School of Agricultural, Earth and Environmental Sciences

Agricultural extension researcher, Dr Sesetu Nyeleka.

Participatory Videos Used to Empower Smallholder Farmers’ Knowledge Sharing

Dr Sesetu Nyeleka’s PhD in Agricultural Extension used a participatory video approach to develop farmers’ soft skills and encourage peer-to-peer learning to expand farmers’ knowledge while equipping them with new skills to share their knowledge.

Nyeleka, who is now the coastal sales manager at Afrivet, was inspired to pursue the methods while working as a part-time media assistant at the University of Fort Hare’s (UFH) Agricultural and Rural Development Research Institute (ARDRI). While attending the fifth Biennial Regional Universities Forum for Capacity Building in Agriculture (RUFORUM) Conference, Nyekela participated in a session on integrating video-mediated rural learning in university curricula where a professor from Benin discussed using smallholder farmer training videos for training as well as traditional face-to-face extension methods.

Through her work with ARDRI, which employs agricultural extension approaches to work with smallholder farmers, Nyeleka sought organisations in South Africa, particularly the Eastern Cape, that created context-specific videos that could be translated at need to use in agricultural extension training for smallholder farmers.

Realising there was a gap in the availability of farmer-to-farmer educational videos with relatable content developed specifically for smallholder farmers, she decided to pursue an academic study on using a participatory approach to create these videos with rural communities in the Eastern Cape.

Using ARDRI at UFH, her alma mater, as a case study, Nyeleka chose to pursue her studies through UKZN after being drawn to her supervisor Dr Karen Caister’s approach to agricultural extension and seeking a change in research methodology. She examined the methodological process of developing farmer-to-farmer learning videos in an already existing agricultural extension context of the Farmer Field School (FFS) approach.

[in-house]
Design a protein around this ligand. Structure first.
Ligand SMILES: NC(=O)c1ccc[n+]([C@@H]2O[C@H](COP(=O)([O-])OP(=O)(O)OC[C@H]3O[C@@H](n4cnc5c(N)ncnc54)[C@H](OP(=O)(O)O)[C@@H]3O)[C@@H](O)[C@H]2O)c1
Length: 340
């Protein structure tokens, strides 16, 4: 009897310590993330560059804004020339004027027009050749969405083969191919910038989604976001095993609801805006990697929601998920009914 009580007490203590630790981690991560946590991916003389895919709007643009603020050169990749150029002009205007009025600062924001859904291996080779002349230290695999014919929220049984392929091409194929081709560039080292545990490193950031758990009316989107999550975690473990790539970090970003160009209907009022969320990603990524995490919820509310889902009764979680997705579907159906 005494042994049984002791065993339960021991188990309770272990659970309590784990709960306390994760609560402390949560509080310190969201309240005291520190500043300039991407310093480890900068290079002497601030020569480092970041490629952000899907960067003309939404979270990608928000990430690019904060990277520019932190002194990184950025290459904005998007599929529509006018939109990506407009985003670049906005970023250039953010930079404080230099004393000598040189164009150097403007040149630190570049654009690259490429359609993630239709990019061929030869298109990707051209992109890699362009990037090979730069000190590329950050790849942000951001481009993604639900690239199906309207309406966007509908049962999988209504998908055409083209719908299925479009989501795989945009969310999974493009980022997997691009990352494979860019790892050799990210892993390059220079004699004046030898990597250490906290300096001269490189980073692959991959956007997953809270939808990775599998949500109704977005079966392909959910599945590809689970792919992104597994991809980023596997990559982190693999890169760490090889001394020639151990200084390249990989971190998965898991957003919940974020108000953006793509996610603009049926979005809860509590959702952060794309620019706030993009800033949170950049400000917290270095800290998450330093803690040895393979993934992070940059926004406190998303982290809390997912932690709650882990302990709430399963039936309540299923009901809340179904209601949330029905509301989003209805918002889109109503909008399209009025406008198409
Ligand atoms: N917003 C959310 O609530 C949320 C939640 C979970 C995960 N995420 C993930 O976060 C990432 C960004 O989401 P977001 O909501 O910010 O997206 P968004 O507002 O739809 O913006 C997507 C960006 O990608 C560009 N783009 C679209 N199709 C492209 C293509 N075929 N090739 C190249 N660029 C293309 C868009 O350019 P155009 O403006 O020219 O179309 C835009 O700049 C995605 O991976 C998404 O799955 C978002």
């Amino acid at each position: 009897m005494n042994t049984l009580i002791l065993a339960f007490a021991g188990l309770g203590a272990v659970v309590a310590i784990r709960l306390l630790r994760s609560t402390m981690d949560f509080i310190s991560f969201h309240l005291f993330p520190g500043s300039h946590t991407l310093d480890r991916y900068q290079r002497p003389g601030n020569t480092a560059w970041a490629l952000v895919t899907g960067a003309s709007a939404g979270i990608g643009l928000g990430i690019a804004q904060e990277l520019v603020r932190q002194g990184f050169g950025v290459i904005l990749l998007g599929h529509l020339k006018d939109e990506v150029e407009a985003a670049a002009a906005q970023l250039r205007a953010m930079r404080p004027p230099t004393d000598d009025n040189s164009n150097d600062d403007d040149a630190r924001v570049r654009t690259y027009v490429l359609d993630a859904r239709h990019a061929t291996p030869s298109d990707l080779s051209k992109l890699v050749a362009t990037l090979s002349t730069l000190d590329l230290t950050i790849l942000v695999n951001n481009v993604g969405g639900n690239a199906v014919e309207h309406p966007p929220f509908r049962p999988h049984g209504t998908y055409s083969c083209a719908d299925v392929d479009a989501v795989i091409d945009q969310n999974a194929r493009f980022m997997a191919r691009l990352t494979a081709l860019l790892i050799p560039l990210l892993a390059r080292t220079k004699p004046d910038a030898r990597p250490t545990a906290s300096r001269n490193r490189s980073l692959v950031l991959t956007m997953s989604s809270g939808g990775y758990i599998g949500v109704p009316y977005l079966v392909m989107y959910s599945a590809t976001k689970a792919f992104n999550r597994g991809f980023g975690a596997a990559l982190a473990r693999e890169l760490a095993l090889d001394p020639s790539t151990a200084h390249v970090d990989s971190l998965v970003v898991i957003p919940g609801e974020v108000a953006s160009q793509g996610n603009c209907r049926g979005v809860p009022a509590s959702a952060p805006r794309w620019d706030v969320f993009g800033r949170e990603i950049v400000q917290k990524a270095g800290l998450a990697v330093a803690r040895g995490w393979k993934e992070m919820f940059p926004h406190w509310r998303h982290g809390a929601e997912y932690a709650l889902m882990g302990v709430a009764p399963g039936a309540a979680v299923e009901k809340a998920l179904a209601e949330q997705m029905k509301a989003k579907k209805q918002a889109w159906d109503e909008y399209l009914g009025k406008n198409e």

The participatory video-making process created a process of change in the activities of the FFS study group initiative. Nyeleka’s work also demonstrated the transferability of Constructivist Grounded Theory and how it could be used to generate a power-sharing agenda that has been legitimised by the successful participation of both the farmers and the researcher.

Nyeleka’s focus on the farmer constituted a unique contribution to extension practice that emphasised social equality and social justice in rural communities in the Amathole District Municipality.

Nyeleka of the Eastern Cape -where- she and her twin sister were born in Mqanduli Village near Mthatha – attended Potters Clay Primary School and Zingisa Comprehensive High School, going on to undergraduate, honours and master’s studies in agricultural extension at UFH.

Despite the challenges of the COVID-19 pandemic and a lengthy examination process, which effectively added two years to Nyeleka’s PhD journey, she persevered and learned to accept circumstances that were outside of her control, and prioritised spending time with family to balance the pressure of completing her research.

Nyeleka is working on publications emanating from her PhD study.

She thanked God for her life and the opportunity to complete her PhD and her parents, Mrs Nokulunga Nyeleka and Mr Yandisa Nyeleka, for their unwavering support, as well as her siblings, Dr Sipokazi Nyeleka, Ms Zoluntu Nyeleka, Ms Zintle Nyeleka and Ms Vuyolwethu Nyeleka for being her greatest cheerleaders. Referring to her supervisor as, ‘one of the best things she encountered on her academic journey,’ she thanked Caister for her committed guidance.

She thanked family and friends for their support and also credited herself for being relentless in her pursuit of excellence in her PhD and achieving what she regards as amazing work.

Words: Christine Cuenod

Photograph: Albert Hirasen